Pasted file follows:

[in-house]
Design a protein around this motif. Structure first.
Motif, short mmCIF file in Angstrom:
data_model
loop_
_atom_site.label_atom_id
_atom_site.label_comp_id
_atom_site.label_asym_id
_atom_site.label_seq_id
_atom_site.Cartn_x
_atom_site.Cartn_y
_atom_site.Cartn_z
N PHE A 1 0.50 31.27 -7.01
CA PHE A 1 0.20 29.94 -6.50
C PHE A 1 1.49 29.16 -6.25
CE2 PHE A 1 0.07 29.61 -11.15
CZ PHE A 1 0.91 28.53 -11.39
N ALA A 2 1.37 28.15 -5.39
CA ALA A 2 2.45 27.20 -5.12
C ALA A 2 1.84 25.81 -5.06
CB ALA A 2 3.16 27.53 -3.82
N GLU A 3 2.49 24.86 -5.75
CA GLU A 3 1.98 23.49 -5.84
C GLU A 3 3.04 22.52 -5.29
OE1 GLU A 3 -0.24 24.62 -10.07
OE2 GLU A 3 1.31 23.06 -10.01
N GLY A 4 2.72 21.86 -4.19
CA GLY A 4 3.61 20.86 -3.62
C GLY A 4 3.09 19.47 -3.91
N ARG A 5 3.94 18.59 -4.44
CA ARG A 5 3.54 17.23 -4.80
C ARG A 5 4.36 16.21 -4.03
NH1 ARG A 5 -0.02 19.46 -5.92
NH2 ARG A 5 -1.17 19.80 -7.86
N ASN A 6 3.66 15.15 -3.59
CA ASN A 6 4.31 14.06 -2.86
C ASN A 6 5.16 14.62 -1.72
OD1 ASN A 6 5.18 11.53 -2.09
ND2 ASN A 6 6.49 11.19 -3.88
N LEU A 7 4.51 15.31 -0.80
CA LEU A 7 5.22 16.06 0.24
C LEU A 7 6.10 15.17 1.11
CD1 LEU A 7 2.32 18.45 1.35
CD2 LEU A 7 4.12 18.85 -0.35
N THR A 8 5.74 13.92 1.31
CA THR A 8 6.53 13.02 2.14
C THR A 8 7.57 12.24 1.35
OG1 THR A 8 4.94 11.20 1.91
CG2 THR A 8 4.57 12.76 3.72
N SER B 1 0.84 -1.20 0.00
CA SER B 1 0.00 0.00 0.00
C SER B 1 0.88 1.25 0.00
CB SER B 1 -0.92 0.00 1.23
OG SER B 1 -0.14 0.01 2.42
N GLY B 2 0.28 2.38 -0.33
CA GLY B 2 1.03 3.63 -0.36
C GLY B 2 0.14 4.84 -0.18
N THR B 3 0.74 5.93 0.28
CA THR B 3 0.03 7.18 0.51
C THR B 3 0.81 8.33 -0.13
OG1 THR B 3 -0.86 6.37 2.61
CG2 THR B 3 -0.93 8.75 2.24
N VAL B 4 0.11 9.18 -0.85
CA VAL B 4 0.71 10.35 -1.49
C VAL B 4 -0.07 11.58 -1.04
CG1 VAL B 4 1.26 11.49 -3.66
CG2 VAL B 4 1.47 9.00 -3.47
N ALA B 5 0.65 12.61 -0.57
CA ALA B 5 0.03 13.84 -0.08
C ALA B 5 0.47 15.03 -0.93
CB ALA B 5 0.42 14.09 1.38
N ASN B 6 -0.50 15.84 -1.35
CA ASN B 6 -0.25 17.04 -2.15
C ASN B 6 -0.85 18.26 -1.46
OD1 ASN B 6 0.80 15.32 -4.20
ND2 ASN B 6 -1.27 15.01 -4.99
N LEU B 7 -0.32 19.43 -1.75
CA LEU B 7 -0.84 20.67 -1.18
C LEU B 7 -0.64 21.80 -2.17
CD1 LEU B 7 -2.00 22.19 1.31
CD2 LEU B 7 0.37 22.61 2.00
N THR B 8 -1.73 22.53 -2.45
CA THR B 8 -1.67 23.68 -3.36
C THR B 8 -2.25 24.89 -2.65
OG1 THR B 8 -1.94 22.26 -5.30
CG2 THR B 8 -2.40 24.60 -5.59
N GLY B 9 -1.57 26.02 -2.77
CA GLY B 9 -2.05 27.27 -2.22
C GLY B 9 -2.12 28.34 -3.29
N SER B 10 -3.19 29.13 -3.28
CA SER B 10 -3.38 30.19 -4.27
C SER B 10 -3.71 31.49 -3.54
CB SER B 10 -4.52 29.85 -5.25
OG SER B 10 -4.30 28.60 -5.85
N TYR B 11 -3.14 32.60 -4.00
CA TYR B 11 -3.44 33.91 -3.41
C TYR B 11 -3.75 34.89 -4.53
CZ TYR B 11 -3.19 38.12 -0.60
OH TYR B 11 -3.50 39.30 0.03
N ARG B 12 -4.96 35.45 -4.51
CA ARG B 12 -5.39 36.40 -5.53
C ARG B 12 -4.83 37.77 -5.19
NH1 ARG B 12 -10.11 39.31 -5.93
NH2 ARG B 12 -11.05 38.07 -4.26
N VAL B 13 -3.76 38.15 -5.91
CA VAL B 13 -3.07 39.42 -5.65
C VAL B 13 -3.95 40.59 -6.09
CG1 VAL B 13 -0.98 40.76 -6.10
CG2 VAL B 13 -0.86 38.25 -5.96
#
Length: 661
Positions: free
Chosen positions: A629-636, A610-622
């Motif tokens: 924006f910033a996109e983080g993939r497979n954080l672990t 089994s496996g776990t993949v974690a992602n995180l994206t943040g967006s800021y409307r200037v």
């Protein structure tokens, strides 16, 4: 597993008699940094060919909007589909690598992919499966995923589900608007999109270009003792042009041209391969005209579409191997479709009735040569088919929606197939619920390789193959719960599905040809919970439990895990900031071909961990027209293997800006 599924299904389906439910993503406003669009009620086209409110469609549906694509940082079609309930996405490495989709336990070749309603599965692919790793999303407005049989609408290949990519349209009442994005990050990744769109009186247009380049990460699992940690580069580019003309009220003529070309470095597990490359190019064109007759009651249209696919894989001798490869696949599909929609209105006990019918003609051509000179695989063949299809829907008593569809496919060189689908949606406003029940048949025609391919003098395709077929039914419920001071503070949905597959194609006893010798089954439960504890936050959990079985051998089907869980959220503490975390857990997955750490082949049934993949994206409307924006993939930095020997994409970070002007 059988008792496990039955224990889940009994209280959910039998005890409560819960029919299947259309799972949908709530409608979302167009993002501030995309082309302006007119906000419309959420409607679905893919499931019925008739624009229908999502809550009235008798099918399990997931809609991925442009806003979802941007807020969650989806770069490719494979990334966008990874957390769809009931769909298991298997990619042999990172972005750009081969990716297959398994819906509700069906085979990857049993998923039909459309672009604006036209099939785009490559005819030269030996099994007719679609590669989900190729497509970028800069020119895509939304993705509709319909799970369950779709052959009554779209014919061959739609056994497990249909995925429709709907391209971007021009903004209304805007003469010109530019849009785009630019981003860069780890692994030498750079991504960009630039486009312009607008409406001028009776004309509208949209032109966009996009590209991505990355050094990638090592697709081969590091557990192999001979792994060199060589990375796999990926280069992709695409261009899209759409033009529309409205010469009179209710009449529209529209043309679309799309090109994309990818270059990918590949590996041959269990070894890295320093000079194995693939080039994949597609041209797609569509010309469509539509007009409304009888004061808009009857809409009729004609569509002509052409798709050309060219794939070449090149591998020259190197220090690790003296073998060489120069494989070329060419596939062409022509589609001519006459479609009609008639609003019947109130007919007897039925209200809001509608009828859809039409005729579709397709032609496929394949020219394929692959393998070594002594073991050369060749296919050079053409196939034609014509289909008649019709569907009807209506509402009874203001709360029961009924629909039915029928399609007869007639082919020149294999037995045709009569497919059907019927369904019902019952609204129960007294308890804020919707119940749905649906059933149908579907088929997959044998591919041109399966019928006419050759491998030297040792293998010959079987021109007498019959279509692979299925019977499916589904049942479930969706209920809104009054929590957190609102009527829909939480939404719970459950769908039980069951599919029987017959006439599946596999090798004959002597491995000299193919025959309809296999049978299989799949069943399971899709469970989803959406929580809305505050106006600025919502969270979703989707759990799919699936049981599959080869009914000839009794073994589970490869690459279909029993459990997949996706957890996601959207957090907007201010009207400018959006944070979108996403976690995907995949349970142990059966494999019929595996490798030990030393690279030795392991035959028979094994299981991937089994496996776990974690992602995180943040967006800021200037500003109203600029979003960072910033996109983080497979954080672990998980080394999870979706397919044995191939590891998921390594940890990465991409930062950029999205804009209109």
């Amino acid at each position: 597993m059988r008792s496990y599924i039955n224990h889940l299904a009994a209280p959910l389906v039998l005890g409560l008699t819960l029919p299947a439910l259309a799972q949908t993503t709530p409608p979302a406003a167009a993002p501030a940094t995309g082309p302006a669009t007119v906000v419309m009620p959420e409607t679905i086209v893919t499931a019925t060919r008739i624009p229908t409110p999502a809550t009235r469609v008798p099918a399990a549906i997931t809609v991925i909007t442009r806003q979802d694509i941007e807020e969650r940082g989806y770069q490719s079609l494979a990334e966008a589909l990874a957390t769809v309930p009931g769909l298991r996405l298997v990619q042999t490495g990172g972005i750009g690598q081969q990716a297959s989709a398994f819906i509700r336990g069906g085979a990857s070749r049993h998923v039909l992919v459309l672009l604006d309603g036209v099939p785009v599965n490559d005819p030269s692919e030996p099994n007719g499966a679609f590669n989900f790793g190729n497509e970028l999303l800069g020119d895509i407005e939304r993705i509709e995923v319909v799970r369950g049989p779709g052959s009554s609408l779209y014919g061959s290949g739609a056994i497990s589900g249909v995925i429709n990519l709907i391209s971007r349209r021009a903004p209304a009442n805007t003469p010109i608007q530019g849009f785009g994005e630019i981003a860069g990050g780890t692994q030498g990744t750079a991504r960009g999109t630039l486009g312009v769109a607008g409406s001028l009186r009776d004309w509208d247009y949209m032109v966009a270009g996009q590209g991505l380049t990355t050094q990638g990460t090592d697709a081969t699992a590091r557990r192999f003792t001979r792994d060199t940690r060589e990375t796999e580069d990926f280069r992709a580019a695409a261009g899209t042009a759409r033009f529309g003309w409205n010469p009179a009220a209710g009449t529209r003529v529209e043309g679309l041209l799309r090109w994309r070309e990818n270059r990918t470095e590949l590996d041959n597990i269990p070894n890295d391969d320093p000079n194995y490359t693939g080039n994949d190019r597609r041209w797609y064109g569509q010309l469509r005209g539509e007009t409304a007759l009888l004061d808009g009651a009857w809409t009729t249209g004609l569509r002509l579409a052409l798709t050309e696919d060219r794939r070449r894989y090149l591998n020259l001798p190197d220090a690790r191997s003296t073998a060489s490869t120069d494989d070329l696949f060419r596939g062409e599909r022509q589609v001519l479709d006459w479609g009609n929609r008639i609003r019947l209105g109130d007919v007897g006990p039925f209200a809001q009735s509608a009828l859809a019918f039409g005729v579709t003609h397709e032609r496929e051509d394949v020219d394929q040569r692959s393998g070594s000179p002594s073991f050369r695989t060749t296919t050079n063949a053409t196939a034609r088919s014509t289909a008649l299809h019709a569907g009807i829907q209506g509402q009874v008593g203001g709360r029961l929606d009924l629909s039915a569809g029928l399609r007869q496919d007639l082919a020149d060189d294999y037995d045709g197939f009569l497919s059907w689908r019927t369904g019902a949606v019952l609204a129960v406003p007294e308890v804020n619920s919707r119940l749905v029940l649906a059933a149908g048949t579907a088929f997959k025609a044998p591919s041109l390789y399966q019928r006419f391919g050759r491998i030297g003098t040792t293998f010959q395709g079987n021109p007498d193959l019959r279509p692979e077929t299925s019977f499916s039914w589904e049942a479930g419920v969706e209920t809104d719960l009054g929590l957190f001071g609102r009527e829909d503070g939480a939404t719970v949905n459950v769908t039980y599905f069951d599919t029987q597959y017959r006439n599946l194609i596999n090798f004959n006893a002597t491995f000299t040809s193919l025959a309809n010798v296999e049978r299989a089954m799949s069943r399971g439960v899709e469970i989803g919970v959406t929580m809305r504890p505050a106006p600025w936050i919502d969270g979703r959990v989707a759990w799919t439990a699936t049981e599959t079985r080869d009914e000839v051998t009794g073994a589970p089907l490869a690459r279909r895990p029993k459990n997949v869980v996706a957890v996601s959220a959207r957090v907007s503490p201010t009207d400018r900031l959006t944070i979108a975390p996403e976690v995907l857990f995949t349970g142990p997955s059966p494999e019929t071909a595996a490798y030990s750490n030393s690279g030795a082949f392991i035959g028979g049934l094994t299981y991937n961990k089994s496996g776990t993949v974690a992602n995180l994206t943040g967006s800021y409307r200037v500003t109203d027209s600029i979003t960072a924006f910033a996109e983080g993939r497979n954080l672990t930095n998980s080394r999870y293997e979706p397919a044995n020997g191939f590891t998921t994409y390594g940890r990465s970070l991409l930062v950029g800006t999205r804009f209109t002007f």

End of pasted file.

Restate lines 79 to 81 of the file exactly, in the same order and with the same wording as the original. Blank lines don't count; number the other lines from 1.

C LEU B 7 -0.64 21.80 -2.17
CD1 LEU B 7 -2.00 22.19 1.31
CD2 LEU B 7 0.37 22.61 2.00